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What If Obamacare Website Isn't Working By November 2014?

November 30, 2013

By Avik Roy

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When President Obama appointed Jeffrey Zients to take over the troubled Healthcare.gov Obamacare website, Zients made a promise: "By the end of November, Healthcare.gov will work smoothly for the vast majority of users," he said. We’re now at the end of November, and it’s pretty clear that the Obama administration will miss its self-imposed deadline. It’ll be tomorrow’s talking point for the GOP. But the question that matters most this year is not whether Obamacare is working by this November. It’s whether Obamacare is working by next November. If it’s not, Republicans may regain control of the Senate. So, let’s take a clear-eyed look at how Obamacare is likely to play out over the next twelve months.

Could Republicans retake the Senate?

Today, Democrats control 55 seats in the Senate, to 45 for Republicans. So Republicans would have to gain a net of six seats in 2014 in order to gain the majority. National Journal’s Hotline estimates that the top seven seats most vulnerable to a change in control belong to Democrats today.

The reason why these seats all belong to Democrats is that they were last up for dispute in 2008, a strong Democratic year headlined by the "hope and change" Obama campaign, the late-breaking financial crisis, and general fatigue from the Bush years. In order of vulnerability, Hotline’s top seven are South Dakota, West Virginia, Montana, Arkansas, Alaska, Louisiana, and North Carolina. (Eighth on their list is a seat currently controlled by Republicans in Georgia.)

"If the election were held today, Republicans would probably win back the majority," a longtime Democratic strategist told Josh Kraushaar. "But we know for sure the election would not be held today."

So the question, then, is this: will voters feel better about Democrats, and about Obamacare, in a year than they do today?

The pace of enrollment is slowly improving

While the pace of enrollments in Obamacare exchange-based plans is still far behind the administration’s original—and cautious—projections, it’s improving. UnitedHealth’s QSSI unit has been brought in to directly address many of the problems that the administration has caused.

Enthusiasts are calling it a "November surge," but it has more in common with the normal trajectory of enrollment periods. Enrollment starts out slow, and then steadily increases over time. Here’s a chart that Georgetown’s Jack Hoadley put together on how the pace of enrollment grew in the first year of Medicare’s Part D prescription-drug benefit in 2005 and 2006.

Part D enrolled about ten percent of its enrollees in the first month; Obamacare enrolled 106,185 in the first month using the administration’s inflated figures, which would translate to roughly 1 million enrollees by the March 31 deadline.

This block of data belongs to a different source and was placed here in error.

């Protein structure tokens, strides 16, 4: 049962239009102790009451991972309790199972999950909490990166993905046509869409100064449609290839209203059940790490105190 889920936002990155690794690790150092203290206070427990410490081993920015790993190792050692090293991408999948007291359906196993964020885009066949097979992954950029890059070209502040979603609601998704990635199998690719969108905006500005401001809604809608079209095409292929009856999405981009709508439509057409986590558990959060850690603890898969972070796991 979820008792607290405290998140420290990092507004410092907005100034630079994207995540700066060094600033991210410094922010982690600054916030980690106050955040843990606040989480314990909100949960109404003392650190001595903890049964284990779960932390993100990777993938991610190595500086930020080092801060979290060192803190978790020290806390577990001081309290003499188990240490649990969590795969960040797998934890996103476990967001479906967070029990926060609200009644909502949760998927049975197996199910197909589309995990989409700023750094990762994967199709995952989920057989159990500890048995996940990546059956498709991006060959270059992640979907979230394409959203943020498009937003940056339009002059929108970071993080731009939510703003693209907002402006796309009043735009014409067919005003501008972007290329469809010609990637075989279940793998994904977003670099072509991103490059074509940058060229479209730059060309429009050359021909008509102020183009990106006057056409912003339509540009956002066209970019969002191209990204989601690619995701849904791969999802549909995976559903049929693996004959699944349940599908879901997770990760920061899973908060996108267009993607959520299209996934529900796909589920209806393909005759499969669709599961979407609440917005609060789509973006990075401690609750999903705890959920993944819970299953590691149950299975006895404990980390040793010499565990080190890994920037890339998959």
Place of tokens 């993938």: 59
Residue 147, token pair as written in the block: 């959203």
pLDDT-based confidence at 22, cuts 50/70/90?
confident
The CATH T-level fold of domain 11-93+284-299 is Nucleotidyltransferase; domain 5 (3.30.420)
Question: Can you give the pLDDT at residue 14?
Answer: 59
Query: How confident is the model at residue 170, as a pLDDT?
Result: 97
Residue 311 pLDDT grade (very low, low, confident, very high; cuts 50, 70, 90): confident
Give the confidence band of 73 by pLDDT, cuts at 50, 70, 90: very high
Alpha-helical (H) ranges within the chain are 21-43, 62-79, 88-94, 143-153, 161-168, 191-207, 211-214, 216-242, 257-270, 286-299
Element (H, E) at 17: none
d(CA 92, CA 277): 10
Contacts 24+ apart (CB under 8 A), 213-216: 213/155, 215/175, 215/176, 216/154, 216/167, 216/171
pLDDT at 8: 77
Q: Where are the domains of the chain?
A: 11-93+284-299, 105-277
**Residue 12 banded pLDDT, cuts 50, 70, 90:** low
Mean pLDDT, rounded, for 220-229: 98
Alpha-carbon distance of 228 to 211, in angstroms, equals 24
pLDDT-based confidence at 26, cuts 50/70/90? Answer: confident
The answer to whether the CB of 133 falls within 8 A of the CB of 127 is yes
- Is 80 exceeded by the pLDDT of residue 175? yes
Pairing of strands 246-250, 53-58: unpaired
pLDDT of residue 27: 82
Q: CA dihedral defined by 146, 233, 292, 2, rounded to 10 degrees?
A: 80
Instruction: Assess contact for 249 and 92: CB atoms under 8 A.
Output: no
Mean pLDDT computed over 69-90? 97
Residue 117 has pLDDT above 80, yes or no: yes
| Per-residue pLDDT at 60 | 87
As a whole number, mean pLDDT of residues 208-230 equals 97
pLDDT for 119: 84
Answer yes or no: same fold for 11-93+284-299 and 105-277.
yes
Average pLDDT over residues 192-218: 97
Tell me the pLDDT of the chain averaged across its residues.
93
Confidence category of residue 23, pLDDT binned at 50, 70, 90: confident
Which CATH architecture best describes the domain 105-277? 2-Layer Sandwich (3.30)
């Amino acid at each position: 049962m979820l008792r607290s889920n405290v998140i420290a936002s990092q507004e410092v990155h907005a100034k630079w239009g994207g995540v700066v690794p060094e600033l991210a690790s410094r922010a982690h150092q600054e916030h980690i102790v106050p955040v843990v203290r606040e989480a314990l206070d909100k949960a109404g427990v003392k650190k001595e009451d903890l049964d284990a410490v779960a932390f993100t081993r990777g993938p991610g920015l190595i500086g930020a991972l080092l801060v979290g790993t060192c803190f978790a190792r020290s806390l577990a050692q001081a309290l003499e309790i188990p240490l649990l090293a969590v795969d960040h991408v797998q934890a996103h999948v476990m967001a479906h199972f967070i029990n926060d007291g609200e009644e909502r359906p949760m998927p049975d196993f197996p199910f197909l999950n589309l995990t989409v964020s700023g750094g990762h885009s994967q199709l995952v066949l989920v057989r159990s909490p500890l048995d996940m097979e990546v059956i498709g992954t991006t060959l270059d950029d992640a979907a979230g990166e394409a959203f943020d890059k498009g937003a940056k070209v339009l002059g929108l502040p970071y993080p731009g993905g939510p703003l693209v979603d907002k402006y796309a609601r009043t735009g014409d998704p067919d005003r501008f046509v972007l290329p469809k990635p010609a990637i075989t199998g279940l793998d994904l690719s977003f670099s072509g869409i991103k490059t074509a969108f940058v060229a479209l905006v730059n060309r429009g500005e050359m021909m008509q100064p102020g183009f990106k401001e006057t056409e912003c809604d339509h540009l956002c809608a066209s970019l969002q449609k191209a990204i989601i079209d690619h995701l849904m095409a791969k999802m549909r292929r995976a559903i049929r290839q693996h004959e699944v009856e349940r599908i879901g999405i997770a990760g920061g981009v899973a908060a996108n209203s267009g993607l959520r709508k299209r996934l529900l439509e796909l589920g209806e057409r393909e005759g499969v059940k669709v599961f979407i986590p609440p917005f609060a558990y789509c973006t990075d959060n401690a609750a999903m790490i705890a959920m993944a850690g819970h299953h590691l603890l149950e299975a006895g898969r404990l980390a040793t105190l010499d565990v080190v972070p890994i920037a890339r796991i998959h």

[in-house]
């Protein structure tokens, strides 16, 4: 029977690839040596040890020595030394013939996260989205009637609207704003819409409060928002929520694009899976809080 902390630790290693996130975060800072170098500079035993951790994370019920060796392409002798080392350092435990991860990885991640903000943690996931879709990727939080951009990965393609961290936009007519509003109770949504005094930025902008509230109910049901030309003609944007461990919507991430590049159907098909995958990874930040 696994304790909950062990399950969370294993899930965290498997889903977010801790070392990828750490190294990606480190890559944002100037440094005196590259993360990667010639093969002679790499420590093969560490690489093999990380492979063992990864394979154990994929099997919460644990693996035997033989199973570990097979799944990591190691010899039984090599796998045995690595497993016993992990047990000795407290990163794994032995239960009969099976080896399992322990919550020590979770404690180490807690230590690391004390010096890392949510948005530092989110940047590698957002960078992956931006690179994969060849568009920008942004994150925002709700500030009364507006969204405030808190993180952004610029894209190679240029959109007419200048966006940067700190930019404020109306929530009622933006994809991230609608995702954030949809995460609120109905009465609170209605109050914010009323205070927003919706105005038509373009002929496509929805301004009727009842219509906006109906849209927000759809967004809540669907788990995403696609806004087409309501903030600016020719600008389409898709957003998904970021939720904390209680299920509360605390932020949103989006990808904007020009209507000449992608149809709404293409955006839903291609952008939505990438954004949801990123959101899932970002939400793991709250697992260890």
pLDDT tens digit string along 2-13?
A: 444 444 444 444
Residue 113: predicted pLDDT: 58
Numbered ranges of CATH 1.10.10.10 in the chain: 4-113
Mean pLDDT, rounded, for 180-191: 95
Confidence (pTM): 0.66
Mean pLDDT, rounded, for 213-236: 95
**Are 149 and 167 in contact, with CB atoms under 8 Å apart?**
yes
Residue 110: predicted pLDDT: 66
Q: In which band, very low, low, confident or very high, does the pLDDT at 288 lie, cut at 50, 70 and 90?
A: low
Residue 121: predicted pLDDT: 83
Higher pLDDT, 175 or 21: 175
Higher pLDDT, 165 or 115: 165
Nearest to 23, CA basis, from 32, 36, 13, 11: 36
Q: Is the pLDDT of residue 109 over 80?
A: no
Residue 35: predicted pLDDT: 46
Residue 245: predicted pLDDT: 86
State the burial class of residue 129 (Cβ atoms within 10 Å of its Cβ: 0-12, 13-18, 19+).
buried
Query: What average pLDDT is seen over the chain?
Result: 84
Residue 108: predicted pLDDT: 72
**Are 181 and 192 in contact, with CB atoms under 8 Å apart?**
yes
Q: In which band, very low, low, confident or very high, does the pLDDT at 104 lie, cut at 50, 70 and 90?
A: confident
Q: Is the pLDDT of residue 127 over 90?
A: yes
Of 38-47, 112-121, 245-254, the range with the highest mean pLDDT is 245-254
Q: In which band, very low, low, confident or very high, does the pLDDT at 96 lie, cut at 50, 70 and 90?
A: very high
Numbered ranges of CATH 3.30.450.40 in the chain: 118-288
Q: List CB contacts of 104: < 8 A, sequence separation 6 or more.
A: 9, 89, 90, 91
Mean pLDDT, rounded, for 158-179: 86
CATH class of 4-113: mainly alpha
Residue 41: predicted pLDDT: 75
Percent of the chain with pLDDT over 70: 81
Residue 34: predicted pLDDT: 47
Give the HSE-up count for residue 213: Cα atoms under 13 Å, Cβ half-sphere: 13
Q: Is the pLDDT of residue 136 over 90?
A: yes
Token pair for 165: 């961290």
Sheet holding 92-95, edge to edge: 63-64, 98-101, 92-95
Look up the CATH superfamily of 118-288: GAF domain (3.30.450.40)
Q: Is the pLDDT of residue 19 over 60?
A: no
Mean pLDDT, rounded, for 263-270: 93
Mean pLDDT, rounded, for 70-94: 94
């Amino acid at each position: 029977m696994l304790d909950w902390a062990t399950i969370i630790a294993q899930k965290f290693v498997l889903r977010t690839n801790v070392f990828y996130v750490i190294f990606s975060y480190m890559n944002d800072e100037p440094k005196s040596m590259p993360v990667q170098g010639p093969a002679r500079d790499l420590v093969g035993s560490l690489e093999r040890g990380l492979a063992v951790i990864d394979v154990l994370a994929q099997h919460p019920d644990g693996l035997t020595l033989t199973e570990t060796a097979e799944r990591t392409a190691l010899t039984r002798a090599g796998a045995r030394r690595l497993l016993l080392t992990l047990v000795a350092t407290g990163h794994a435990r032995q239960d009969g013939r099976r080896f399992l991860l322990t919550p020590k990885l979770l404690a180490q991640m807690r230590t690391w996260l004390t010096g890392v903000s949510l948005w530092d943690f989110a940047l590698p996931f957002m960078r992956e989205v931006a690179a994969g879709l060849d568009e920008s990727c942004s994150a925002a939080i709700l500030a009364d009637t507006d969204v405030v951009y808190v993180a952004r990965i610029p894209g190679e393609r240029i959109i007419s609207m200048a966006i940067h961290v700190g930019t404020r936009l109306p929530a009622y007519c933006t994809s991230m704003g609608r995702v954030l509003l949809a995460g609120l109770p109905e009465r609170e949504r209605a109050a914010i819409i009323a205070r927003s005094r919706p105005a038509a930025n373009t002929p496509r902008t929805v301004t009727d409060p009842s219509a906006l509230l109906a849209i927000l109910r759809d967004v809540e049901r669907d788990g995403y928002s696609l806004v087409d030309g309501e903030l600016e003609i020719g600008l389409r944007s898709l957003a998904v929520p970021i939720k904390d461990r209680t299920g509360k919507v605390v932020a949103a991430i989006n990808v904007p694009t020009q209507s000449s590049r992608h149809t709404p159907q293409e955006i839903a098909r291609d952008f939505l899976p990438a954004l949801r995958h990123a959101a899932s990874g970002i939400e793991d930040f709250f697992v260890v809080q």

However, the administration’s early goal was to enroll 7 million people in the new exchanges; that is what the Congressional Budget Office had projected for the first year. It was also what the Department of Health and Human Services projected in an internal memo obtained by Ricardo Alonso-Zaldivar of the Associated Press.

That goal is unlikely to be met. But could they get to 3 million? Sure, though it’s not clear that they’ve made enough improvements to the exchange infrastructure to get there. And that leads to a problem for the White House, because the law’s political success depends on creating more winners than losers.

Losers will far outnumber winners

The President has been trying to spin Obamacare’s problems by claiming that only "5 percent" of Americans are affected by the law’s cancellations of old insurance plans. But that’s not true. The law makes more than half of all private insurance plans illegal; the administration estimated in 2010 that 80 million Americans with employer-sponsored coverage would be forced off their old plans and into Obamacare-compliant ones, along with 13 million cancellations in the market for people who shop for coverage on their own. That’s a total of 93 million.

Most of those people will still have health coverage under the Obamacare system. But that new coverage is likely to be more expensive and less attractive, with higher premiums, higher deductibles, and narrower physician networks.

Obamacare cuts $716 billion from the Medicare program over the next ten years; these cuts will disproportionately affect seniors on Medicare Advantage. While Medicare Advantage needs to be reformed, the 14 million people enrolled in the program aren’t going to feel like Obamacare is doing them any favors. And this market is of far greater importance to private insurers like United, Aetna, and Humana than the exchanges are.